2026 NE 19th Street
Fort Lauderdale, FL 33305
Dr. Craig Spodak, DMD,
4665 W Atlantic Ave
Delray Beach, FL, 33445
Sleep Disorder Dental Center For Sleep Apnea Treat
1601 N Palm Ave
Hollywood, FL, 33026-3200
David Huang ,D.D.S. DMD P.C
5651 Corporate Way Suite 1
West Palm Beach , FL, 33406
Thomas Peak ,D.D.S. DMD P.C
4372 Commercial Way
Spring Hill , FL, 34606-1965
The term "dental bonding" describes a dental procedure that is used for various purposes. Tooth-colored composite resins are applied to teeth for cosmetic reasons, to repair cracked and chipped teeth, protect exposed tooth roots against decay, or restore decayed teeth.
Usually the process is completed during one visit to your cosmetic dentist and doesn't require drilling or anesthesia. First, your tooth is prepared with an etching solution to help the dental bonding materials adhere.
Next, the resin is applied and contoured to the proper shape, then cured with either a special light or chemical treatment. The tooth is then polished for a natural-looking appearance. A follow-up appointment with your dentist may be recommended for additional polishing.
While the dental bonding materials are very durable, they still can chip and may need to be replaced periodically. Avoid excessive pressure such as chewing ice, hard candy or unpopped popcorn kernels. Dental bonding materials are susceptible to staining from tobacco, coffee, tea and berries. Alcohol and acid-containing foods such as vinegar, tomatoes or pineapple can damage the resin.
Regular dental check-ups are important for maintaining good dental health and natural-looking teeth.
By Danine M. Fresch, DDS
In restorative dentistry a dental crown, or caps for teeth, look and function just like natural teeth. Your cosmetic dentist may recommend a dental crown if your tooth has enough decay that it cannot hold a filling, or if your tooth is cracked or broken and in danger of cracking down into the root if left unattended. A dental crown covers your tooth completely. It fits snugly at the gum and protects what remains of the natural tooth.
The dental crown serves two important functions. First, it restores the appearance of your teeth and your face. If your tooth is severely decayed or cracked, your cosmetic dentist will need to restore it prior to preparing a cap. Teeth also support the muscles in our faces, so anything less than a full tooth may affect the way you smile.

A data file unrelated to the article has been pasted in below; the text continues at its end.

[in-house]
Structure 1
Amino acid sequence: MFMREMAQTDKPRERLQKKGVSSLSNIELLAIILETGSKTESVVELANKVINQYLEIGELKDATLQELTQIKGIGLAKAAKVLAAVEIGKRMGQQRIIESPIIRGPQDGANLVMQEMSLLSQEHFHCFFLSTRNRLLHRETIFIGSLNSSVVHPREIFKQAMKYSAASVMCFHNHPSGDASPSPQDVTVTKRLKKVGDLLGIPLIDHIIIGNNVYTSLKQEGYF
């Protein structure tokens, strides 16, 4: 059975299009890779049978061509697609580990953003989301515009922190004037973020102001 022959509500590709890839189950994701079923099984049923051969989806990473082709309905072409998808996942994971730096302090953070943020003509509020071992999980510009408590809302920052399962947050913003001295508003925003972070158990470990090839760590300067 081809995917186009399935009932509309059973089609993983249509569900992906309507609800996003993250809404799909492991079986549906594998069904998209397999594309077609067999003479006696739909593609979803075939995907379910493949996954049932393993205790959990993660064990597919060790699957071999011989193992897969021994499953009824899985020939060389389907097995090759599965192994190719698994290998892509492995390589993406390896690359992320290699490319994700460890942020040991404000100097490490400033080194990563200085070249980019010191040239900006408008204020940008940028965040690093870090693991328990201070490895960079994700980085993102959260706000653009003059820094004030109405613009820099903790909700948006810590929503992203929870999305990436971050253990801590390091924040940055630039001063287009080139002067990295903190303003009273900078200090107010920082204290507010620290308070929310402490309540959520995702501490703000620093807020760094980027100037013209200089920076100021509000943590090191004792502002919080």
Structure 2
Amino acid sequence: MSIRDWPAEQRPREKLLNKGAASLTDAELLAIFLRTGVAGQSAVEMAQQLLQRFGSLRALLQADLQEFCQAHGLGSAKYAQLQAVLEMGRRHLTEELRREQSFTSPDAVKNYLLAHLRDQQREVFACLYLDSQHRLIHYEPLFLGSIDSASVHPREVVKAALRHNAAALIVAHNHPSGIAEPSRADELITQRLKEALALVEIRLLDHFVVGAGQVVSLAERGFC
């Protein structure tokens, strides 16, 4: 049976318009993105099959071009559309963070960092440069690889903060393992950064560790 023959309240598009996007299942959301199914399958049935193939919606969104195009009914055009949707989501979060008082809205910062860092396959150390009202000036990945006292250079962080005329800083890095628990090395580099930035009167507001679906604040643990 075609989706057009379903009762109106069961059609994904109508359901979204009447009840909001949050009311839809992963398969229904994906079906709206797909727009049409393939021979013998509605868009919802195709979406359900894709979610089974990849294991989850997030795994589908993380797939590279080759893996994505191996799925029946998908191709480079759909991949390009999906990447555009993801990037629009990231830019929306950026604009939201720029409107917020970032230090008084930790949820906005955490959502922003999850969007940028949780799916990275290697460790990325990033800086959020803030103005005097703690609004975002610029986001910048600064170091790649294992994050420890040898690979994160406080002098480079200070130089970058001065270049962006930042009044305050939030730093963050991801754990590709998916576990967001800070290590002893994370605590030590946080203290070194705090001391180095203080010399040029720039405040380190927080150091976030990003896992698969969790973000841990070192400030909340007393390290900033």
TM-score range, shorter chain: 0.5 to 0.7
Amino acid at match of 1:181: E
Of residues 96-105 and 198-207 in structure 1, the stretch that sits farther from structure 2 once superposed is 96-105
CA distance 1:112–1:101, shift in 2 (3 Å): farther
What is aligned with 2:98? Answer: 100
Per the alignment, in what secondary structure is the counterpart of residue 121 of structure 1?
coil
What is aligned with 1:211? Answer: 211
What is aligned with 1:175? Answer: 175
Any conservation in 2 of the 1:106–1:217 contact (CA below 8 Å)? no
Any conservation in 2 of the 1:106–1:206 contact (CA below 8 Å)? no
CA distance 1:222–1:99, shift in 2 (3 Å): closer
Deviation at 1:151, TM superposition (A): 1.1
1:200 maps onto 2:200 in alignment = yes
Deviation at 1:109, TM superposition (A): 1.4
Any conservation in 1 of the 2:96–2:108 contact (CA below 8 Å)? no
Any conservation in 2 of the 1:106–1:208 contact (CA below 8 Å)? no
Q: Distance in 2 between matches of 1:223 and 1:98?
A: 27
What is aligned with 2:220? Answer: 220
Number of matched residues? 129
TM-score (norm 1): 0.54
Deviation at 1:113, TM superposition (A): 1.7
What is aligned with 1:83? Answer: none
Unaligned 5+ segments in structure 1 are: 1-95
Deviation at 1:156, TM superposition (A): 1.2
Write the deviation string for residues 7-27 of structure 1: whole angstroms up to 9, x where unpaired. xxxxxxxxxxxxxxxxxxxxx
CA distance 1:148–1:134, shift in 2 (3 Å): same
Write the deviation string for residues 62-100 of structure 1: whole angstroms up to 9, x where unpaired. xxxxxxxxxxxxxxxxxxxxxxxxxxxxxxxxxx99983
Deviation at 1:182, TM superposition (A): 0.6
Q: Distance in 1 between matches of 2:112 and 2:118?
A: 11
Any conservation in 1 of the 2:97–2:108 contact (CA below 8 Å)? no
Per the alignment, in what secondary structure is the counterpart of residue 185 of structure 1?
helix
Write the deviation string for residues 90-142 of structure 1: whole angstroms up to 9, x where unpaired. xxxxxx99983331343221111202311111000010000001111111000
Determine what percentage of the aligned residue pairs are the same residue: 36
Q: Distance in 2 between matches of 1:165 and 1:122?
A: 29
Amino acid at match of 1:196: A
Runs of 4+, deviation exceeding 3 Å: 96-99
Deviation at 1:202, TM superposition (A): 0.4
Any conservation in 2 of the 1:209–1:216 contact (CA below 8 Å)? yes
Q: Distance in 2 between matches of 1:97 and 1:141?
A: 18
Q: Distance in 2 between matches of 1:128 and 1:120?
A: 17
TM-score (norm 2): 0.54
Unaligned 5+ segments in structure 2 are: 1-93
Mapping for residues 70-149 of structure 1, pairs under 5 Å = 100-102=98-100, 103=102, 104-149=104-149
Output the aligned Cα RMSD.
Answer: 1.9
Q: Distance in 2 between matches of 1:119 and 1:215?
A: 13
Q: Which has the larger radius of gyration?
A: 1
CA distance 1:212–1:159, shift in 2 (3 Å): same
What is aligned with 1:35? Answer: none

Second, a dental crown will be the same size and shape as the natural tooth. As a result, it will keep your jaw and bite aligned; it will also make sure that other teeth don't shift locations or take on a greater share of the work of biting and chewing.
A dental crown is most often made of gold or porcelain. A dental crown also can be made of stainless steel, but those are often temporary and not designed for long-term wear.
A porcelain dental crown is usually built on a metal base, which fits snugly over the natural tooth. Your dentist will choose a porcelain that matches the color of your natural teeth. A porcelain dental crown is usually so carefully matched in color, it cannot be distinguished from your natural teeth. Many people choose porcelain dental crowns for the cosmetic appearance and the confidence it give them.
New materials are now available in cosmetic dentistry that allow your cosmetic dentist to use an "all-ceramic" dental crown in some cases. They have a beautiful life-like appearance and short-term studies support their success, with long-term trials ongoing.
A dental crown can be made of all gold. Some people prefer not to use a gold crown because it stands out from the other teeth in appearance. At the same time, if the gold crown is on a back molar, some people feel the cosmetic issue is not a big one. Your cosmetic dentist will discuss the types of materials available if a gold crown is recommended.
Once your dental crown is in place, make sure the area is brushed well and that you floss below the gum line. While the dental crown protects your remaining tooth from further decay, you must protect the base of the dental crown from bacterial growth and gum disease. Regular brushing and flossing as you would your natural teeth will ensure that your crown will be in place for years to come!
Your Gold Crown is not just royal jewelry for your mouth!
by Danine M. Fresch, DDS